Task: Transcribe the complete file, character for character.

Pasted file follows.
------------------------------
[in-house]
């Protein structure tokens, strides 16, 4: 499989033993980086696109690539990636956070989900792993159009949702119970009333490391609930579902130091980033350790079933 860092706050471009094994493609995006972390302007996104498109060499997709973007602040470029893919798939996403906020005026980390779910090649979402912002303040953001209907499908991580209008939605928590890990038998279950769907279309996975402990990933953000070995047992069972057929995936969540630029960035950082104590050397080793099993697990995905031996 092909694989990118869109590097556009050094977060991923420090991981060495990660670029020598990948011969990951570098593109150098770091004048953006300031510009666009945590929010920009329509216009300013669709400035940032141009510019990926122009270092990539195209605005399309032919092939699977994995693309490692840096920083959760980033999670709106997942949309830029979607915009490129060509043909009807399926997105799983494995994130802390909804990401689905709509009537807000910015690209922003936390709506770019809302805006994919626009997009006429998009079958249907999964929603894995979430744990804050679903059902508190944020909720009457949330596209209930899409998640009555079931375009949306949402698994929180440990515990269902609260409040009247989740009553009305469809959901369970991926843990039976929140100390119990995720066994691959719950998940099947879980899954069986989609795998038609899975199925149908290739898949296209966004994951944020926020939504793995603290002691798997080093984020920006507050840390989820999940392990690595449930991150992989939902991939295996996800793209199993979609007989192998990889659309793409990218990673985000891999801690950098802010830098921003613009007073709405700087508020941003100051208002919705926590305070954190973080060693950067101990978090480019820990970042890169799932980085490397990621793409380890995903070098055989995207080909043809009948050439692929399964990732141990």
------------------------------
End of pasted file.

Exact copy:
[in-house]
């Protein structure tokens, strides 16, 4: 499989033993980086696109690539990636956070989900792993159009949702119970009333490391609930579902130091980033350790079933 860092706050471009094994493609995006972390302007996104498109060499997709973007602040470029893919798939996403906020005026980390779910090649979402912002303040953001209907499908991580209008939605928590890990038998279950769907279309996975402990990933953000070995047992069972057929995936969540630029960035950082104590050397080793099993697990995905031996 092909694989990118869109590097556009050094977060991923420090991981060495990660670029020598990948011969990951570098593109150098770091004048953006300031510009666009945590929010920009329509216009300013669709400035940032141009510019990926122009270092990539195209605005399309032919092939699977994995693309490692840096920083959760980033999670709106997942949309830029979607915009490129060509043909009807399926997105799983494995994130802390909804990401689905709509009537807000910015690209922003936390709506770019809302805006994919626009997009006429998009079958249907999964929603894995979430744990804050679903059902508190944020909720009457949330596209209930899409998640009555079931375009949306949402698994929180440990515990269902609260409040009247989740009553009305469809959901369970991926843990039976929140100390119990995720066994691959719950998940099947879980899954069986989609795998038609899975199925149908290739898949296209966004994951944020926020939504793995603290002691798997080093984020920006507050840390989820999940392990690595449930991150992989939902991939295996996800793209199993979609007989192998990889659309793409990218990673985000891999801690950098802010830098921003613009007073709405700087508020941003100051208002919705926590305070954190973080060693950067101990978090480019820990970042890169799932980085490397990621793409380890995903070098055989995207080909043809009948050439692929399964990732141990």